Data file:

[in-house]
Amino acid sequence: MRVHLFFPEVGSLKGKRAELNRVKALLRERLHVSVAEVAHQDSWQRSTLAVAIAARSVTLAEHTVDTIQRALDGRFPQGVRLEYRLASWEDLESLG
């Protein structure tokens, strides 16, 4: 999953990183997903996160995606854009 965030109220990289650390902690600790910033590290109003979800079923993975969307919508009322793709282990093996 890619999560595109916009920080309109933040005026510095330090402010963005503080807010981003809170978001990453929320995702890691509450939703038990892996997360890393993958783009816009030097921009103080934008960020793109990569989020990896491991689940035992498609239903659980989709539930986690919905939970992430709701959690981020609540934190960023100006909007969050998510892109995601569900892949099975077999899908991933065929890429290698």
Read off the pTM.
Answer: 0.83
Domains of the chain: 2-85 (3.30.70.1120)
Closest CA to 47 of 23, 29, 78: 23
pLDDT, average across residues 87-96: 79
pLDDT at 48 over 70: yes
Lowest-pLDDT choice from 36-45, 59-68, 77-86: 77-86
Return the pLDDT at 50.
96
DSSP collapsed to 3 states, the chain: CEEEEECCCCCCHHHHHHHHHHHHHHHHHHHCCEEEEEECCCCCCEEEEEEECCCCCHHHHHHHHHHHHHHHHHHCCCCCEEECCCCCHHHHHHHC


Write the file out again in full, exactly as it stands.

[in-house]
Amino acid sequence: MRVHLFFPEVGSLKGKRAELNRVKALLRERLHVSVAEVAHQDSWQRSTLAVAIAARSVTLAEHTVDTIQRALDGRFPQGVRLEYRLASWEDLESLG
């Protein structure tokens, strides 16, 4: 999953990183997903996160995606854009 965030109220990289650390902690600790910033590290109003979800079923993975969307919508009322793709282990093996 890619999560595109916009920080309109933040005026510095330090402010963005503080807010981003809170978001990453929320995702890691509450939703038990892996997360890393993958783009816009030097921009103080934008960020793109990569989020990896491991689940035992498609239903659980989709539930986690919905939970992430709701959690981020609540934190960023100006909007969050998510892109995601569900892949099975077999899908991933065929890429290698």
Read off the pTM.
Answer: 0.83
Domains of the chain: 2-85 (3.30.70.1120)
Closest CA to 47 of 23, 29, 78: 23
pLDDT, average across residues 87-96: 79
pLDDT at 48 over 70: yes
Lowest-pLDDT choice from 36-45, 59-68, 77-86: 77-86
Return the pLDDT at 50.
96
DSSP collapsed to 3 states, the chain: CEEEEECCCCCCHHHHHHHHHHHHHHHHHHHCCEEEEEECCCCCCEEEEEEECCCCCHHHHHHHHHHHHHHHHHHCCCCCEEECCCCCHHHHHHHC